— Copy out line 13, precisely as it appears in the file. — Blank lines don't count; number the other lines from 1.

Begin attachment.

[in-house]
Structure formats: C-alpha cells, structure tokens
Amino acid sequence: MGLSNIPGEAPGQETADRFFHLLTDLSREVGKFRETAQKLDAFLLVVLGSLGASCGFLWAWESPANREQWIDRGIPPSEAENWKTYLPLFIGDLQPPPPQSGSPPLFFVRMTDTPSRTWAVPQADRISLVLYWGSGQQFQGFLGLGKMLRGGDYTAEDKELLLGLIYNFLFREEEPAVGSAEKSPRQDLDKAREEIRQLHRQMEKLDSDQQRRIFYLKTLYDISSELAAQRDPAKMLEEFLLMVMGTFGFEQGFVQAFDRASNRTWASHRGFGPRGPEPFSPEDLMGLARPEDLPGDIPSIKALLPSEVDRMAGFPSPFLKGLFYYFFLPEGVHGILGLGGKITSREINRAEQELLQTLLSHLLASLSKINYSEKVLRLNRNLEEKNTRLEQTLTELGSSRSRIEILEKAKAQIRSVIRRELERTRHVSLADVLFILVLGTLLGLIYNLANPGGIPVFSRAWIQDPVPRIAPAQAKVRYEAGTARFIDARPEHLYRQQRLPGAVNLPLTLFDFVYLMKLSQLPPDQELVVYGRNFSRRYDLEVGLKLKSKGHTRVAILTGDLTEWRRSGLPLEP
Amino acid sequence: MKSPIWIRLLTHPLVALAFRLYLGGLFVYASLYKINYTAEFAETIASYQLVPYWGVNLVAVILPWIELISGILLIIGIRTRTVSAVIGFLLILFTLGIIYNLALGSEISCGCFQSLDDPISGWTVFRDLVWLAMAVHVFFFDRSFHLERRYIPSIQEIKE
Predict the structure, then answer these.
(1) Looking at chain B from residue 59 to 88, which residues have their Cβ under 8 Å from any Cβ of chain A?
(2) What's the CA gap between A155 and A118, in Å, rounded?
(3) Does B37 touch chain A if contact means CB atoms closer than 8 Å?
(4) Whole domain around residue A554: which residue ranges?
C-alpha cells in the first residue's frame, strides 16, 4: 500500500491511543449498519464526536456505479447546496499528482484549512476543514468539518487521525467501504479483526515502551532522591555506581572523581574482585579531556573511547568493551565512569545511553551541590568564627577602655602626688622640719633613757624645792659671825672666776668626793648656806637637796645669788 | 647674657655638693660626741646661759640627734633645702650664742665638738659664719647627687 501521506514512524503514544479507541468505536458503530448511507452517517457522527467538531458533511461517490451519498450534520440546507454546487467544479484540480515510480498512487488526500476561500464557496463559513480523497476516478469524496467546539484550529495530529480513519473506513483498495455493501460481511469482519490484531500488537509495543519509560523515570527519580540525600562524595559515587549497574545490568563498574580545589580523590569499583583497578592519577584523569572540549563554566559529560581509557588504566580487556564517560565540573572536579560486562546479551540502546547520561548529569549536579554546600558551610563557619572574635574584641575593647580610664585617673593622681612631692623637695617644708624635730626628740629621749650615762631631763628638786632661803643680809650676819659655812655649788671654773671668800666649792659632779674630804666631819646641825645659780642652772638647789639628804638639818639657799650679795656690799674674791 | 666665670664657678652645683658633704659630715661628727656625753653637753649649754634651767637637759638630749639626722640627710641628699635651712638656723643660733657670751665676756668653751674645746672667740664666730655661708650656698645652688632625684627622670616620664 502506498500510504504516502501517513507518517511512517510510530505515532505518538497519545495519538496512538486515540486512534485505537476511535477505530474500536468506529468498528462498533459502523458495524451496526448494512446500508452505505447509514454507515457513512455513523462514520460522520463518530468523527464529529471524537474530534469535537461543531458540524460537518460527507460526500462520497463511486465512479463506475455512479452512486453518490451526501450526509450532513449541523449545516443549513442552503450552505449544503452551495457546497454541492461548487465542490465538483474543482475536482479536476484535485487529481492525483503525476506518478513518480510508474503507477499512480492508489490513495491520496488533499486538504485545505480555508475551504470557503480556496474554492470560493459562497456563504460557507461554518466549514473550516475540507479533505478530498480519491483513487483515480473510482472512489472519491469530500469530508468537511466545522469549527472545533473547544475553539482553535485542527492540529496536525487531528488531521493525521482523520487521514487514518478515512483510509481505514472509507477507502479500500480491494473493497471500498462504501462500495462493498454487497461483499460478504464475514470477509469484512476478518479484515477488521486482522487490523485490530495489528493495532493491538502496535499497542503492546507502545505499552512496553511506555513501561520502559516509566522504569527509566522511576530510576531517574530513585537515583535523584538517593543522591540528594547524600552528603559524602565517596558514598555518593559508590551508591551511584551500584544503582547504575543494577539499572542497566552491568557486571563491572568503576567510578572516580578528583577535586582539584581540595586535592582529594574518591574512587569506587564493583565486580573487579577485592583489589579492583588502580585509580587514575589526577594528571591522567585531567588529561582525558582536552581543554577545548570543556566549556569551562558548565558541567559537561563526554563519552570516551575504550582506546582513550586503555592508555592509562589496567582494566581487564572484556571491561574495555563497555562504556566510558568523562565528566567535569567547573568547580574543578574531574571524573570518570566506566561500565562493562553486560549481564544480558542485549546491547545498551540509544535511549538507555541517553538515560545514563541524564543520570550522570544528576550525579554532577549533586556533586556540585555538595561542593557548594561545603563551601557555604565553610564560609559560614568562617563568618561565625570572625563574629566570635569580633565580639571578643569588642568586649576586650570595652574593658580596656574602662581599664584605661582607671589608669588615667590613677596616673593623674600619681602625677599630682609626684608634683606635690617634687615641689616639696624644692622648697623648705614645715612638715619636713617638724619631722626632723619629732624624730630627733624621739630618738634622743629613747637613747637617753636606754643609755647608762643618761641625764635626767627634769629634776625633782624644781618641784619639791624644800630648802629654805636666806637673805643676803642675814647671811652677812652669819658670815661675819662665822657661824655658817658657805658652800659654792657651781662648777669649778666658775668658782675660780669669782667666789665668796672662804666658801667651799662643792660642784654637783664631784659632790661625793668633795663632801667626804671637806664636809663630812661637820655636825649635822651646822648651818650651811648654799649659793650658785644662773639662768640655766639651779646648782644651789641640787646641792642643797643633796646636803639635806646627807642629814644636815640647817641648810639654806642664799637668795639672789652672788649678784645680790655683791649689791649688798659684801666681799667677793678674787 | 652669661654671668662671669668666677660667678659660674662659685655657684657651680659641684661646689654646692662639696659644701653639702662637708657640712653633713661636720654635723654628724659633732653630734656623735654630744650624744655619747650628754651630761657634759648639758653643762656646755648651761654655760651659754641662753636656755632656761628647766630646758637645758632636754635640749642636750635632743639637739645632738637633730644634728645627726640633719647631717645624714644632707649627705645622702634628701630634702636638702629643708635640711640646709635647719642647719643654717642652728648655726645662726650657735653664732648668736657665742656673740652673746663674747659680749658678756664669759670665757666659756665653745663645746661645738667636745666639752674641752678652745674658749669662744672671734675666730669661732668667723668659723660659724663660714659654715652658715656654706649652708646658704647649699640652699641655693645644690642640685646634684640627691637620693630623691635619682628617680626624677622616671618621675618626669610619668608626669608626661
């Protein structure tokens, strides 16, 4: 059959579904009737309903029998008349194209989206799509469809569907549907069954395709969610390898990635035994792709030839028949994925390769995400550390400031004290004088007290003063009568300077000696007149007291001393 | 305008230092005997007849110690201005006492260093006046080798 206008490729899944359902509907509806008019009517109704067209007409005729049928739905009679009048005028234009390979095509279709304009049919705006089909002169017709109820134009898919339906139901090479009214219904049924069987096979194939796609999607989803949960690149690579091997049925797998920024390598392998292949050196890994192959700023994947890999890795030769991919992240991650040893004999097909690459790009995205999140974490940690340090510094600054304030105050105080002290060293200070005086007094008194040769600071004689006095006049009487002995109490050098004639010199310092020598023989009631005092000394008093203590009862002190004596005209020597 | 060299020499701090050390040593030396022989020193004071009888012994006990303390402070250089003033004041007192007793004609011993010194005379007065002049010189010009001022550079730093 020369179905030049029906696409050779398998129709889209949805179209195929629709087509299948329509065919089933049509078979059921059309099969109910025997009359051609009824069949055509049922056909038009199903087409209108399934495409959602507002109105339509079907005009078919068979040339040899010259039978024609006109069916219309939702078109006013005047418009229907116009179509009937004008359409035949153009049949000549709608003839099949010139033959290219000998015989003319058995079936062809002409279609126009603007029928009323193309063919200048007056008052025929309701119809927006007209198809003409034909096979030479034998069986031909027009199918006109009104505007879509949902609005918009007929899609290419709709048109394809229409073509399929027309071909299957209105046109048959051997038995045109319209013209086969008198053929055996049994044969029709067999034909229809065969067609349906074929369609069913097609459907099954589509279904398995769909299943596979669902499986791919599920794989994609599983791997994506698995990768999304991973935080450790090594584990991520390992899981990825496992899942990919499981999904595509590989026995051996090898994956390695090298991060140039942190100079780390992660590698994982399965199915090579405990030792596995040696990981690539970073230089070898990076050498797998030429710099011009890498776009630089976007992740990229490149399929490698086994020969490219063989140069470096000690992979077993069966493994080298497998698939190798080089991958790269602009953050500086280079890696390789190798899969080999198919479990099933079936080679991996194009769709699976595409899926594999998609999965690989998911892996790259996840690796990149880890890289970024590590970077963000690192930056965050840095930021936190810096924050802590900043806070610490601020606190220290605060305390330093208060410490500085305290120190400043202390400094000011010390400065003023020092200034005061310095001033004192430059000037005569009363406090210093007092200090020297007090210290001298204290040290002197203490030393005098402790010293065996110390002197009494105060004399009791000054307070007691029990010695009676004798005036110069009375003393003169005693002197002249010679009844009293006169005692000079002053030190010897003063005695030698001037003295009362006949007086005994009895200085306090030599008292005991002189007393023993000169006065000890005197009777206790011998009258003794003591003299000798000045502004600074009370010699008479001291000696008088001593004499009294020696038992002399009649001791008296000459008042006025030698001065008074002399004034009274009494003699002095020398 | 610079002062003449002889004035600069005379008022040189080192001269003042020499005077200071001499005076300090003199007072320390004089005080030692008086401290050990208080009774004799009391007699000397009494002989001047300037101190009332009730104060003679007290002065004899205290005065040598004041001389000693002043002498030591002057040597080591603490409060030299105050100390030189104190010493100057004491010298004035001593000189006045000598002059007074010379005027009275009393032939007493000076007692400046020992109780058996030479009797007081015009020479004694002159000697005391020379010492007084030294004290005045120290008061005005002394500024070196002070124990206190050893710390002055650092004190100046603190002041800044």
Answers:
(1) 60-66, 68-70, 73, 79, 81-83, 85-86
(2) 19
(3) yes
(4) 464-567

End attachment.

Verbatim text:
(1) 60-66, 68-70, 73, 79, 81-83, 85-86